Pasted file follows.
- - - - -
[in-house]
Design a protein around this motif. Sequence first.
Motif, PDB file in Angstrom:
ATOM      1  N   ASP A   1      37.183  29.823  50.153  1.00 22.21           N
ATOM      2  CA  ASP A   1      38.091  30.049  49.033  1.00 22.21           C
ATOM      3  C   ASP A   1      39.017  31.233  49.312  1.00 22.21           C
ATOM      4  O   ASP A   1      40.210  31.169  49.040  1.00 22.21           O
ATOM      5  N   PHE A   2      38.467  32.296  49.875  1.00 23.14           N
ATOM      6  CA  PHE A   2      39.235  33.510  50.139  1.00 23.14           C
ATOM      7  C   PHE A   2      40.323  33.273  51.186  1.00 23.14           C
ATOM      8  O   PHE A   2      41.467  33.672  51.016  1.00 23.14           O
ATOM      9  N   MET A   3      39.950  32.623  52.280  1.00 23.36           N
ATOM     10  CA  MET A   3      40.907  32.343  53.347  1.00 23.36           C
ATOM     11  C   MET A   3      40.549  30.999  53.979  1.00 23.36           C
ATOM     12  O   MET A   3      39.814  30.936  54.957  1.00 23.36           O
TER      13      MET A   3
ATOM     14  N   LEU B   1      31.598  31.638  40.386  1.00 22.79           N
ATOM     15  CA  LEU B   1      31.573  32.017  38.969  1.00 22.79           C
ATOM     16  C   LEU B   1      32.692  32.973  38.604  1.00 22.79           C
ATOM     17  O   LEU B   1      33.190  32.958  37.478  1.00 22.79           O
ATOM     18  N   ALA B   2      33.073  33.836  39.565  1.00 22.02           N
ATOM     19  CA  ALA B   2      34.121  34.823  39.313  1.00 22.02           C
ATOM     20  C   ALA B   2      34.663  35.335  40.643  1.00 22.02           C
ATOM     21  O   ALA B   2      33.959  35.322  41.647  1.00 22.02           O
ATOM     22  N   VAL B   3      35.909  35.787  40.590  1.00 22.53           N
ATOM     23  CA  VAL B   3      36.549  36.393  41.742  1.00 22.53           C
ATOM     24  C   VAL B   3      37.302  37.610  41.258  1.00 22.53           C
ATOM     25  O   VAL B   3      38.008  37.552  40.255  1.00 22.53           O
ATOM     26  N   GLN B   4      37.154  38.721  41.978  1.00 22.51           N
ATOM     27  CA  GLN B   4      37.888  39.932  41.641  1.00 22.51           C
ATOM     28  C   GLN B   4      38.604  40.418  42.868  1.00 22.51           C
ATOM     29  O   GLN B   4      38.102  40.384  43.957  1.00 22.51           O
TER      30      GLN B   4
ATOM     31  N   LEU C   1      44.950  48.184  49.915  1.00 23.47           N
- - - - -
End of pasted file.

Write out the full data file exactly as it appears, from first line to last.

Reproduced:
[in-house]
Design a protein around this motif. Sequence first.
Motif, PDB file in Angstrom:
ATOM      1  N   ASP A   1      37.183  29.823  50.153  1.00 22.21           N
ATOM      2  CA  ASP A   1      38.091  30.049  49.033  1.00 22.21           C
ATOM      3  C   ASP A   1      39.017  31.233  49.312  1.00 22.21           C
ATOM      4  O   ASP A   1      40.210  31.169  49.040  1.00 22.21           O
ATOM      5  N   PHE A   2      38.467  32.296  49.875  1.00 23.14           N
ATOM      6  CA  PHE A   2      39.235  33.510  50.139  1.00 23.14           C
ATOM      7  C   PHE A   2      40.323  33.273  51.186  1.00 23.14           C
ATOM      8  O   PHE A   2      41.467  33.672  51.016  1.00 23.14           O
ATOM      9  N   MET A   3      39.950  32.623  52.280  1.00 23.36           N
ATOM     10  CA  MET A   3      40.907  32.343  53.347  1.00 23.36           C
ATOM     11  C   MET A   3      40.549  30.999  53.979  1.00 23.36           C
ATOM     12  O   MET A   3      39.814  30.936  54.957  1.00 23.36           O
TER      13      MET A   3
ATOM     14  N   LEU B   1      31.598  31.638  40.386  1.00 22.79           N
ATOM     15  CA  LEU B   1      31.573  32.017  38.969  1.00 22.79           C
ATOM     16  C   LEU B   1      32.692  32.973  38.604  1.00 22.79           C
ATOM     17  O   LEU B   1      33.190  32.958  37.478  1.00 22.79           O
ATOM     18  N   ALA B   2      33.073  33.836  39.565  1.00 22.02           N
ATOM     19  CA  ALA B   2      34.121  34.823  39.313  1.00 22.02           C
ATOM     20  C   ALA B   2      34.663  35.335  40.643  1.00 22.02           C
ATOM     21  O   ALA B   2      33.959  35.322  41.647  1.00 22.02           O
ATOM     22  N   VAL B   3      35.909  35.787  40.590  1.00 22.53           N
ATOM     23  CA  VAL B   3      36.549  36.393  41.742  1.00 22.53           C
ATOM     24  C   VAL B   3      37.302  37.610  41.258  1.00 22.53           C
ATOM     25  O   VAL B   3      38.008  37.552  40.255  1.00 22.53           O
ATOM     26  N   GLN B   4      37.154  38.721  41.978  1.00 22.51           N
ATOM     27  CA  GLN B   4      37.888  39.932  41.641  1.00 22.51           C
ATOM     28  C   GLN B   4      38.604  40.418  42.868  1.00 22.51           C
ATOM     29  O   GLN B   4      38.102  40.384  43.957  1.00 22.51           O
TER      30      GLN B   4
ATOM     31  N   LEU C   1      44.950  48.184  49.915  1.00 23.47           N